The Zodiac taunted the San Francisco Chronicle in 1978 with 'I'm waiting for a good movie about me'. It looks like he got it and it took David Fincher to deliver it. Fincher always flew in the face of convention. His movies are usually downbeat and uncompromising (Alien3, The Game, Fight Club) - or as uncompromising as mainstream Hollywood is prepared to go lately. After the lukewarm Panic Room, it's back to business for Fincher with Zodiac. A grandiose, sprawling movie, Zodiac documents the efforts San Francisco police went through to bring down its most notorious killer. Moving from the viewpoint of the victims, to detectives Toschi (Ruffalo) and Armstrong (Edwards), to the Zodiac-obsessed Chronicle cartoonist Graysmith (Gyllenhaal) and alcoholic reporter Avery (Downey Jr.),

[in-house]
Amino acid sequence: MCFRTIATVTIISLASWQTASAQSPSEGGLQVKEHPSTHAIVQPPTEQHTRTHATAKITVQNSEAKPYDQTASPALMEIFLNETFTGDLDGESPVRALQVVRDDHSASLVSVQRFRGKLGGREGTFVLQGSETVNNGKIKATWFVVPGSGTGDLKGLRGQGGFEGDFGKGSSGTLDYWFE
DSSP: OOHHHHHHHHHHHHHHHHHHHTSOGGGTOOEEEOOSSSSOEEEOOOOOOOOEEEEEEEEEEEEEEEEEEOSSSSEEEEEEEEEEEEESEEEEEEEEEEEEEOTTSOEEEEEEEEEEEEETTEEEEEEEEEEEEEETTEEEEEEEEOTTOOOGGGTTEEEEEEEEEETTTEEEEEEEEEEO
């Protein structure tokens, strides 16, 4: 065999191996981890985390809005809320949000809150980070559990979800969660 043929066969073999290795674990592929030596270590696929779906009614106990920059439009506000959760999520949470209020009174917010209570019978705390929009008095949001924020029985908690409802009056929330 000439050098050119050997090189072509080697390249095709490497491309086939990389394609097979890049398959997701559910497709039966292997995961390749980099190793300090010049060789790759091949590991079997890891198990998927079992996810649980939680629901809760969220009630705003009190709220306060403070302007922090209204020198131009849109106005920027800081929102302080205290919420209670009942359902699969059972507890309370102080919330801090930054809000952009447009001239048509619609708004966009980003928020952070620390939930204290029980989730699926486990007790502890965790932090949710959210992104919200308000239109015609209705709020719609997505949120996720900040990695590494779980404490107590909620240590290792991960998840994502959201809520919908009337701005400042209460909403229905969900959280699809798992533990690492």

Fincher and writer James Vanderbilt (who adapted Robert Graysmith's book) leave no stone unturned in the hunt for the killer. So meticulous is their approach, to call Zodiac a slow burner is a major understatement, as in-depth analyses of crime scenes follow careful examination of the killer's psyche. Kicking off in 1968 and finishing up in the late '80s while simultaneously encompassing a whole host of fleshed-out characters and dead end plotlines, Fincher again attempts something different in a genre - an epic serial killer movie - and Zodiac is the JFK of serial killer movies, an All The President's Men of detective movies. The principal cast deliver believable performances, never putting a foot wrong in their understated roles, but this is really Gyllenhaal's movie. The downside is that the story fizzles out, leaving the viewer hungry for more and you'll be forgiven for feeling a little cheated of a proper climax. But then again, Fincher never goes for the obvious.